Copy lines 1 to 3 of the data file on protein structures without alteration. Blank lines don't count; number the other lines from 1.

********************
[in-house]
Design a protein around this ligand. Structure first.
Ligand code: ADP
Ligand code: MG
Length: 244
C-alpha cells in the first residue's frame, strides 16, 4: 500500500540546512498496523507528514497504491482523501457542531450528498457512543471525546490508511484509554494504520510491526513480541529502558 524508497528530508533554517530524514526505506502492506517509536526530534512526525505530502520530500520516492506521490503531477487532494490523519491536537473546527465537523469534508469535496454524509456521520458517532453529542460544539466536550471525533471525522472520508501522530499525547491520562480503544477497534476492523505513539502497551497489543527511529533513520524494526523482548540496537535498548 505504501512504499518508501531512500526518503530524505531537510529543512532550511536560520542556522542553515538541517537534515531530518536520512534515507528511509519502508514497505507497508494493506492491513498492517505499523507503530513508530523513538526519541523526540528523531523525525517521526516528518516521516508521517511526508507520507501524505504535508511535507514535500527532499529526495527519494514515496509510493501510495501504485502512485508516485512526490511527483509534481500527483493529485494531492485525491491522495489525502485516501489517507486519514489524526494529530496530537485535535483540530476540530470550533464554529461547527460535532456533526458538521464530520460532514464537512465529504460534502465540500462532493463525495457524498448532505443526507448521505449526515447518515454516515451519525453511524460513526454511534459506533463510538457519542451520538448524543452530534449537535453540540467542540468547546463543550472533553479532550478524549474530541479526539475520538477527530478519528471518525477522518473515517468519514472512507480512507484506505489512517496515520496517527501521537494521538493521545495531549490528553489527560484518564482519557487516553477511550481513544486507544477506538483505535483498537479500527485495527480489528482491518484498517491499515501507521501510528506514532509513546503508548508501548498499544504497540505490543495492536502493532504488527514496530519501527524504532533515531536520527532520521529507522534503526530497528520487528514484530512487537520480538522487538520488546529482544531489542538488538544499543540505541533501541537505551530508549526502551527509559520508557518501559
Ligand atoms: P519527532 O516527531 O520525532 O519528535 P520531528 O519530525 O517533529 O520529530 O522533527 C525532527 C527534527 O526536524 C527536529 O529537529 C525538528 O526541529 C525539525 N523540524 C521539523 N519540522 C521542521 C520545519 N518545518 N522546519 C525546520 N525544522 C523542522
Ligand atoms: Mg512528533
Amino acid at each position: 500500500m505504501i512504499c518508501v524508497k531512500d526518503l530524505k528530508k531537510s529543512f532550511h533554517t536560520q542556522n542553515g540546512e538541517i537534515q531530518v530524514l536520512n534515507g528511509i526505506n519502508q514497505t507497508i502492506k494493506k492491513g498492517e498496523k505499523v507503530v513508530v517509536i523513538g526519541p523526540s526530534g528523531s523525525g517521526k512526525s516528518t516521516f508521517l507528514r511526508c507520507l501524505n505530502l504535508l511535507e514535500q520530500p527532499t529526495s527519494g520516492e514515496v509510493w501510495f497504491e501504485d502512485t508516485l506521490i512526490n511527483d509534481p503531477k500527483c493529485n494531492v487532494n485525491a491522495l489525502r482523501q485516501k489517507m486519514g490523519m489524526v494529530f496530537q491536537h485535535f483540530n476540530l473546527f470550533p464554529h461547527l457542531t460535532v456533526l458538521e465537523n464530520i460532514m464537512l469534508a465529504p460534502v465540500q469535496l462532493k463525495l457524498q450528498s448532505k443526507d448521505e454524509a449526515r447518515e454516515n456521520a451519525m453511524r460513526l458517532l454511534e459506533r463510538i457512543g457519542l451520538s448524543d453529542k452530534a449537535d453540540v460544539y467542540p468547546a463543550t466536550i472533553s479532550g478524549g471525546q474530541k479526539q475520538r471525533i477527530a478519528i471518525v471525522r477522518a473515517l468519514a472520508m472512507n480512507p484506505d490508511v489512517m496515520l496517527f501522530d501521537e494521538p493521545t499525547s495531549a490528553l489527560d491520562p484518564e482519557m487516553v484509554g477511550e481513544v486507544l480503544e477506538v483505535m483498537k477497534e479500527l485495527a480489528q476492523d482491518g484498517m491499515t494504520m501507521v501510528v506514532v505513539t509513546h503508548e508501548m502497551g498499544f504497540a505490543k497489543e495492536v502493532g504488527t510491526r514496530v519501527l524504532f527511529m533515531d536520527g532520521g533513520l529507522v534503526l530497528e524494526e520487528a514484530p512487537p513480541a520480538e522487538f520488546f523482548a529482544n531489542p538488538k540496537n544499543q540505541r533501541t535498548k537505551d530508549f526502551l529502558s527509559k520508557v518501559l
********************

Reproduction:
[in-house]
Design a protein around this ligand. Structure first.
Ligand code: ADP